I was probably supposed to be doing something on my To Do list when I got sidetracked by an on-line ad for the Organ Donor Registry.
I went to the Service Canada website, followed the links and before long I was staring at a list of parts to potentially donate. I've always thought that carrying a permission slip in the depths of my purse was a rather tenuous means of communication; so deciding that there was no time like the present I decided to register officially which bits and pieces of me to pass on when I no longer need them.
Later that evening, Paul and I were having dinner in front of the TV, when I told him that I had registered and which parts I was donating. I could tell that I'd been more drastic than he felt comfortable with.
"So how are we going to have a funeral?" he said, and I could sense his discomfort with losing all of me at once.
"You can have a memorial service instead," I said, but I was already thinking of how important it was for me to have those tender last moments with Mum after she died; I'd been a little rash, I thought.
So I went back to the website and found that it had been easier to follow the links to give than to find out how to take back. Fortunately though, there was a place where you could enter a question and ask for a response by email so I left a message there then kept looking.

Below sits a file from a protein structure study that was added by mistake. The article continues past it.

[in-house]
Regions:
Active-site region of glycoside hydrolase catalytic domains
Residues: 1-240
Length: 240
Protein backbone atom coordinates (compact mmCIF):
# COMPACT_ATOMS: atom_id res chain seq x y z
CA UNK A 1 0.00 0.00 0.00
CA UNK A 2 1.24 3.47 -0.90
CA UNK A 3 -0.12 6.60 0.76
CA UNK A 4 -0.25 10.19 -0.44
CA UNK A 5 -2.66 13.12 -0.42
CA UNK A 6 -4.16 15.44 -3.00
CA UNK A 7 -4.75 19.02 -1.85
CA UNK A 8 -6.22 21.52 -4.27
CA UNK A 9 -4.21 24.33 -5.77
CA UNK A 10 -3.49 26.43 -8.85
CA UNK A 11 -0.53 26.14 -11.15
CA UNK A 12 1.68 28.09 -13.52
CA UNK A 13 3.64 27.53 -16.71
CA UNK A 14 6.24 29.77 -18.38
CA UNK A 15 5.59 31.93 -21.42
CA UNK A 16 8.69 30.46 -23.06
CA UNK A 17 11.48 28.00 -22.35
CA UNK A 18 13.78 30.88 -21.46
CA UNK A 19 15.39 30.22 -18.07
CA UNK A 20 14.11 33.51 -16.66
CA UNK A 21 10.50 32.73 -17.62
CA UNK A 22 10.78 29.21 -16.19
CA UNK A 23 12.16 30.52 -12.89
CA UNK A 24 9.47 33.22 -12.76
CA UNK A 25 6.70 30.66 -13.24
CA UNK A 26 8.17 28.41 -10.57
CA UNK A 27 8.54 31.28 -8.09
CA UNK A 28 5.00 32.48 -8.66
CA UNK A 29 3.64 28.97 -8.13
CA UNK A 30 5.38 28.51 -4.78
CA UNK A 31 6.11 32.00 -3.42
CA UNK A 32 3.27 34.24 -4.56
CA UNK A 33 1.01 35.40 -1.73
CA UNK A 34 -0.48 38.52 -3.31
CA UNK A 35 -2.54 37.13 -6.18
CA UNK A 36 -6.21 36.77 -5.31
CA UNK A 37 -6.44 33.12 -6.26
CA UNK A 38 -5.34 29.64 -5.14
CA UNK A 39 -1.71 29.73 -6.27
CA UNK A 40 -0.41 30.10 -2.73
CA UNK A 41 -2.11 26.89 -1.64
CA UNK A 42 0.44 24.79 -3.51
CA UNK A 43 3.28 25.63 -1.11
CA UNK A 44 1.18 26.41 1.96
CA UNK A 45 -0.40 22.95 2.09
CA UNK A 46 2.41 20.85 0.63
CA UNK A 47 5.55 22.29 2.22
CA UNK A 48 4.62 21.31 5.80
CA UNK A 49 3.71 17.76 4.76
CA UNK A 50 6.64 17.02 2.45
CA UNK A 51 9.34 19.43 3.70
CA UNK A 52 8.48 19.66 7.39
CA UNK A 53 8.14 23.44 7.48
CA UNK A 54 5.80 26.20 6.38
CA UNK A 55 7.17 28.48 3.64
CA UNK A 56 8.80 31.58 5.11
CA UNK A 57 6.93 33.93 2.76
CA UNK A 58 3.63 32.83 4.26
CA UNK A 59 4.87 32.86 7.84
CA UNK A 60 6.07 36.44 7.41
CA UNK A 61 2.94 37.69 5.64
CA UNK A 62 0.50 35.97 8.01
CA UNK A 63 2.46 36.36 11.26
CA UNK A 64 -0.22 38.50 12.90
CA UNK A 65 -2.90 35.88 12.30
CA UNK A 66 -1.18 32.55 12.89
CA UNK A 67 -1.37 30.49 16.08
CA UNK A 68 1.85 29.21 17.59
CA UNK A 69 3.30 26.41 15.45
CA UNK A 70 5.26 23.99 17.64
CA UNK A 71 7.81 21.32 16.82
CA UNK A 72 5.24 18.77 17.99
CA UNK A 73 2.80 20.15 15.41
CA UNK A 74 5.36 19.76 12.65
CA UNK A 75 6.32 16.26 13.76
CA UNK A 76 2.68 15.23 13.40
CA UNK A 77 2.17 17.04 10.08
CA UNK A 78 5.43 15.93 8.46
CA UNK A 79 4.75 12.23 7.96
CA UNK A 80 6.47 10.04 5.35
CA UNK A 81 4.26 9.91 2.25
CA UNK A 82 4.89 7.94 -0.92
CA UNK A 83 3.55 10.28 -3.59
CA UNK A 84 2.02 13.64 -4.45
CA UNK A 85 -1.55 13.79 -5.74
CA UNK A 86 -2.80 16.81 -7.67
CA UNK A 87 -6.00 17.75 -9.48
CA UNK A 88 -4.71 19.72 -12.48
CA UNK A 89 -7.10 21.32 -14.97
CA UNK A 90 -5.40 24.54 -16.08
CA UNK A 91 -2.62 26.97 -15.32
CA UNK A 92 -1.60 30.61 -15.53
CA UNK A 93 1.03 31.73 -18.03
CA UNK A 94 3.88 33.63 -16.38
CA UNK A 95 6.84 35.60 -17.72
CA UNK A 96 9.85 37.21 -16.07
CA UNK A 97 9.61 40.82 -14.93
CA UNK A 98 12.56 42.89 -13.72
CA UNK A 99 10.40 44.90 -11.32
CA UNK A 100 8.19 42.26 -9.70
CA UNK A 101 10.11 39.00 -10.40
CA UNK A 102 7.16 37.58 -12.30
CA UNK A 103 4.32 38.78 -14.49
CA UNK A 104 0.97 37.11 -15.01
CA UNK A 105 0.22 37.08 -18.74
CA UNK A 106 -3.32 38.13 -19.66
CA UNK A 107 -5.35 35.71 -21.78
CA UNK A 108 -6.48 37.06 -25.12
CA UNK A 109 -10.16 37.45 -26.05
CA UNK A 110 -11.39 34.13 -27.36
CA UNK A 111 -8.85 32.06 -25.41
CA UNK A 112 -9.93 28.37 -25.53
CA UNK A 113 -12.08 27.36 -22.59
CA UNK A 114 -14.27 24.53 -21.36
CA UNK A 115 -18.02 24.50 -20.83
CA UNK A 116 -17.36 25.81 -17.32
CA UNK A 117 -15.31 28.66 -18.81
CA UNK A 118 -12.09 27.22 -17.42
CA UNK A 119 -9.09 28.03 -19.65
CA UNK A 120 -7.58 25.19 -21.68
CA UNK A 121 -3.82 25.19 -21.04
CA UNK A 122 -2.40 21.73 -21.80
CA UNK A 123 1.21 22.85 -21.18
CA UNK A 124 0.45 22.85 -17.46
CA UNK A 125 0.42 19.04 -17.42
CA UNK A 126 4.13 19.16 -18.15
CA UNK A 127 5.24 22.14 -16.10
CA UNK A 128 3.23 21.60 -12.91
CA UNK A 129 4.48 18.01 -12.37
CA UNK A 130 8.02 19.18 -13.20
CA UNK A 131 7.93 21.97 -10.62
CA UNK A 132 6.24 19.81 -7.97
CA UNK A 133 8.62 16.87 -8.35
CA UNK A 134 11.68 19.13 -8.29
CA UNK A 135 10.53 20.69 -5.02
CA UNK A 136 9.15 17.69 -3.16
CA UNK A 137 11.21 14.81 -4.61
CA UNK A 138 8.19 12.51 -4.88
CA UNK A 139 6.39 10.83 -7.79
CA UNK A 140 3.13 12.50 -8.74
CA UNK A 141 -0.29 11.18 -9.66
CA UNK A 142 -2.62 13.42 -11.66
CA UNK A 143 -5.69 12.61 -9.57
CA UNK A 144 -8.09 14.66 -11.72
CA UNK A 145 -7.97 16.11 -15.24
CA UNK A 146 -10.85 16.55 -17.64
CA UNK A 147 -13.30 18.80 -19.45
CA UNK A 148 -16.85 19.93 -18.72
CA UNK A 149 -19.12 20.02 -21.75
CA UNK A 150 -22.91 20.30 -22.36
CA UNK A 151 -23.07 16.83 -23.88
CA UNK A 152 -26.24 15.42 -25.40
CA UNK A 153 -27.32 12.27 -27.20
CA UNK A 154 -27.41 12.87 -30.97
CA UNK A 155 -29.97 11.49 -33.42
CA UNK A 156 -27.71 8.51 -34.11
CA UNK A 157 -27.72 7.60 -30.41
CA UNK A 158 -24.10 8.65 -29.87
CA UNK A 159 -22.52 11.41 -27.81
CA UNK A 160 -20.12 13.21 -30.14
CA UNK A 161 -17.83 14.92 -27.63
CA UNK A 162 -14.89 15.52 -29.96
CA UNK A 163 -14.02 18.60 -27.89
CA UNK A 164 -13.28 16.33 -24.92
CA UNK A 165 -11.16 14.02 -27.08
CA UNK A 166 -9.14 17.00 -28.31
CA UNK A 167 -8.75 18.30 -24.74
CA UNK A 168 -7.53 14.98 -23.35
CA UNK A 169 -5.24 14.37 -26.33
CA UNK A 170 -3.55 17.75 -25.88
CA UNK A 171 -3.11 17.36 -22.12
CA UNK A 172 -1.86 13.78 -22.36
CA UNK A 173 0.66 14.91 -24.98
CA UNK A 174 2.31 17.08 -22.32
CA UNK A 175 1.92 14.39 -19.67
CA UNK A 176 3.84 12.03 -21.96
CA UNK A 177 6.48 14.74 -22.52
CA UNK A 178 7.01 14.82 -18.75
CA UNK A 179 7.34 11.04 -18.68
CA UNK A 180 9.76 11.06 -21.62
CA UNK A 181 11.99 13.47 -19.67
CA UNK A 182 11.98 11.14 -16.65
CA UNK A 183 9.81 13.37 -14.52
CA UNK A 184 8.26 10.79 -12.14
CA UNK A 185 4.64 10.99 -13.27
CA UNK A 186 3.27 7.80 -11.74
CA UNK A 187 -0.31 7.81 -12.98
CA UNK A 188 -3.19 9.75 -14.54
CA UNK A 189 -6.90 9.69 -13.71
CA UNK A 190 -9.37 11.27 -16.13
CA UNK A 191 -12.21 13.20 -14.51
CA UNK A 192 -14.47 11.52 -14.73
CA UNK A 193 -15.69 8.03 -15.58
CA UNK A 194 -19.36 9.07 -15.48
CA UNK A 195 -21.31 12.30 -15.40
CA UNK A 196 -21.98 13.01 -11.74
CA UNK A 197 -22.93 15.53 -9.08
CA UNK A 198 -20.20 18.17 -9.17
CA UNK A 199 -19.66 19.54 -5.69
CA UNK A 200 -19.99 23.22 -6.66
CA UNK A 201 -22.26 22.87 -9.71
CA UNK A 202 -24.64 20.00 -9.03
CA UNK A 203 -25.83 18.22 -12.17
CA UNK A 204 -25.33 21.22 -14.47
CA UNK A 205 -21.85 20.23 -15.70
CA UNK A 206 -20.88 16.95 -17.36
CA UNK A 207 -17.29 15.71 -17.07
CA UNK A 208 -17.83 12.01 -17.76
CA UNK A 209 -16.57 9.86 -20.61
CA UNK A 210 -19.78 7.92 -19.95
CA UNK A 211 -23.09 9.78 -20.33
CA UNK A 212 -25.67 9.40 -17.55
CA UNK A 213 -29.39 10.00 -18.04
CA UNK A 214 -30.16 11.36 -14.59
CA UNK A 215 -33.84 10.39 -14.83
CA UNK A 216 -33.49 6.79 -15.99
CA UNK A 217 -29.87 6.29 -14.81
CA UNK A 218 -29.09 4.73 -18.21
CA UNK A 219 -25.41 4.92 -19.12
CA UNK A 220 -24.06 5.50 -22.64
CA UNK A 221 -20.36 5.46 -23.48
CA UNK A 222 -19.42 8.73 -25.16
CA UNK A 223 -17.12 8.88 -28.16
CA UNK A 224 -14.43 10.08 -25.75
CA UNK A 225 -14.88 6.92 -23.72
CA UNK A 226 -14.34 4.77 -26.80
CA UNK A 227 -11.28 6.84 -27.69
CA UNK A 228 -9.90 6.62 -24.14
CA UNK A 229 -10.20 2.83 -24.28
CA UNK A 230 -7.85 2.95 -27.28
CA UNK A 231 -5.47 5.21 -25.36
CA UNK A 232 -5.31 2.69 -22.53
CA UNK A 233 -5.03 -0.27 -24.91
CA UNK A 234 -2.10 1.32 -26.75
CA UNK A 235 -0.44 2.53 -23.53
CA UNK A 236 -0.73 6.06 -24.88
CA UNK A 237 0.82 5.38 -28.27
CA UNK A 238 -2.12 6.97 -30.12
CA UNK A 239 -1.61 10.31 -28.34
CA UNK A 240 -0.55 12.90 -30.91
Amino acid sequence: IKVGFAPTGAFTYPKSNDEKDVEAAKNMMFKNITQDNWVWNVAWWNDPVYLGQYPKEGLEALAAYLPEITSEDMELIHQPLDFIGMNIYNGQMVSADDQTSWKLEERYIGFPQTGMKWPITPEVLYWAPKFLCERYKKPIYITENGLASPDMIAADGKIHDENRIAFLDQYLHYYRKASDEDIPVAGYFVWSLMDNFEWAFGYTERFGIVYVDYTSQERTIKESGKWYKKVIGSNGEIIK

Perseverance paid off, and soon I had found my way to a page where I could make my selection again. This time I made my choices with family in mind and felt relieved to be able to tell Paul that he would have something to hold onto after all, if I go before him!
When I checked my email later, there was a message from a Senior Inquiry Officer named Wally at Service Ontario, giving me the instructions I'd asked for.
I wrote back:
Thank you Wally, I managed to figure out how to rescue my bones, eyes and skin from the donation choices. It just seemed too hard on the family member I discussed it with!All is well again in Belinda-land.